It’s Sunday night in Townsend, Tennessee and rain is pouring in a heavy, constant stream from the blanket of grey clouds slowly drifting toward the east. It’s the final day of the inaugural Smoky Mountain Crawl, a Honda Ruckus and Grom rally/ride presented by MNNTHBX, and this is the first sustained bout of inclement weather the region’s seen all weekend. As thunder shakes the walls of our room here at the Tremont Lodge, we can’t help but think that the heavens are laboring to fill a gap left by the absence of the collective cadence of hundreds of aftermarket exhausts at full scream. The deep, resounding din in question created by our group of riders with throttles pinned to the stop, nearly reaching, and some just exceeding, the posted 45 mph speed limit on this stretch of Highway 321.
The Smoky Mountain Crawl is the brainchild of Greg Hatcher at MNNTBX, specialists in custom Ruckus parts and accessories, and his band of cohorts. Intended to be a gathering of like-minded deviants, the SMC appeals to the dedicated Ruckus Nation and growing Grom contingent, providing an avenue for comradery and fantastic riding during the weekend of June 19-21. And by nearly all accounts it was a resounding success.
Now, we’ve been to events where those hundreds of roaring exhausts jut off the back of Harley-Davidsons as they rumble down Main Street and have stood just feet away from MotoGP riders picking it up out of full lean and getting hard on the throttle. Each experience was unique and made all the more memorable for the noise permeating the air. But the roaring Ruckuses made an equally unforgettable impression. Sound is an indelible part of the spiritual portion of the riding experience and is one of the things we will remember forever about the Smoky Mountain Crawl. The way the combined exhaust notes started to pulse when all the riders around you were at max throttle sent an invisible wave through the air that beat a mechanical rhythm into your body, focused your mind, facilitated an escape.
We got our first taste of that rumble as folks started trickling in during the mid-afternoon hours as sponsors put up their tents, laying out parts and t-shirts, stickers and other two-wheeled paraphernalia. During those preparatory hours we learned that companies were in from as far as California (Steady Garage), Canada (Mini Moto Lab) and New York (Makoa). More local companies like Composimo (North Carolina), K-Town Speed Shop and Honda of Knoxville were also in attendance. The supporting players also included the likes of Ruck House, Rucksters, ICON, Total Ruckus, FLP and Dorby Works among others, helping to provide MNNTHBX a cache of raffle swag that took a full trailer to transport to the Lodge.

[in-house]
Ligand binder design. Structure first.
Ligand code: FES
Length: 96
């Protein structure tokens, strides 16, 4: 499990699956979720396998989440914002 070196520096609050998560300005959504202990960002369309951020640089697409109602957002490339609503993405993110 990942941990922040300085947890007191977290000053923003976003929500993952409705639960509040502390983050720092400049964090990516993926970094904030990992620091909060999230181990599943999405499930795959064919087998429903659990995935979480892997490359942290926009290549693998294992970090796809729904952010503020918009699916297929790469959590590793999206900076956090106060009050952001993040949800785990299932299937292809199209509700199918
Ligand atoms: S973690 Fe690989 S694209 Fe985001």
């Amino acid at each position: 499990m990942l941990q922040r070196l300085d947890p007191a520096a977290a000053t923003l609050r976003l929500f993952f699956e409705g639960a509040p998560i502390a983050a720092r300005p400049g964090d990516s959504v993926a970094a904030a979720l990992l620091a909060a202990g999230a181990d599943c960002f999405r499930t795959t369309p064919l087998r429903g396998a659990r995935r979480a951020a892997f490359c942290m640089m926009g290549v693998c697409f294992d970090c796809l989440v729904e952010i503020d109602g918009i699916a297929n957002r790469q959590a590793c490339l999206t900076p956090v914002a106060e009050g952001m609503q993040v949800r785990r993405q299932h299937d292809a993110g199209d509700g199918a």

Individuals cleared plenty of miles getting to east Tennessee as well but one guy named Lucky from Florida earned the respect of just about everyone he met at the rally, having come from his home on a Zuma 125 over the course of about two and a half days. When I talked to Lucky he was extremely humble about his journey, saying he never expected to get such a warm reception for his efforts. As you’d expect, the going was confined mainly to backroads and the pace was modest. He explained that he rode for 12 hours on the first day and a little less the second before arriving in the region. It was a big accomplishment for him and he was thrilled to have had the time on the road, infinitely thankful to his wife for letting him pursue the trip and completely ready to do it again next year. I caught up with Lucky at Deal’s Gap the next day and he was even more stoked than the day before, electrified by the 318 turns that he’d just completed.
Another guy brought in a Big Ruckus which he’d tricked out for full touring duty, and a look at the odometer (more than 30,000 miles) supported his assertion that he rode the bike absolutely everywhere.
Most everyone we spoke with shared a similar enthusiasm for the small-bore machines they brought along. Friday night was the chance for everyone to admire one another’s hard work and share the stories of their labors in getting the bikes dialed and looking sharp. This was supplemented by fantastic smoked chicken nachos (and other similar fare, I remember a brisket burger on the menu as well) from a local food truck and cold beer courtesy of Bluetick Brewery, a growing craft brewer from the nearby town of Maryville.
But, being in east Tennessee, as we learned, means that the weather can turn in the blink of an eye. In the span of about half an hour, we went from partly cloudy skies to a thick, torrential downpour. People scrambled to find shelter under the various vendors’ tents, under the awnings of the lodge or wherever else they and their machines could wait out the storm. After another half hour or so, the rain had passed and the sun returned, and people continued to roll in.
- Clean custom Ruckus.
- Plenty of small bore machines at Deals Gap during the Smoky Mountain Crawl.
- A bit of rain passed through on Friday, but attendees rode it out and continued the party once the skies cleared.
- The Rucati.
Once the field was nearly filled and the sun beginning to disappear over the horizon of the Great Smokys, Greg, MNNTHBX co-owner Kevin and the Scooter Man himself, Mark, got on stage to pull raffle tickets, unloading plenty of product on the crowd, from Ruckus and Grom parts to ICON helmets and lots of t-shirts, hurled by a makeshift t-shirt cannon named Brandon.
Perhaps it was aided by a few red Solo cups of Bluetick Cantaloupe Kolsch, but by the end of the night people that were perfect strangers just a few hours before were greeting one another as friends. People that had only ever known one another through model specific forums were sharing laughs and plans to ride the wheels off their bikes during the next two days.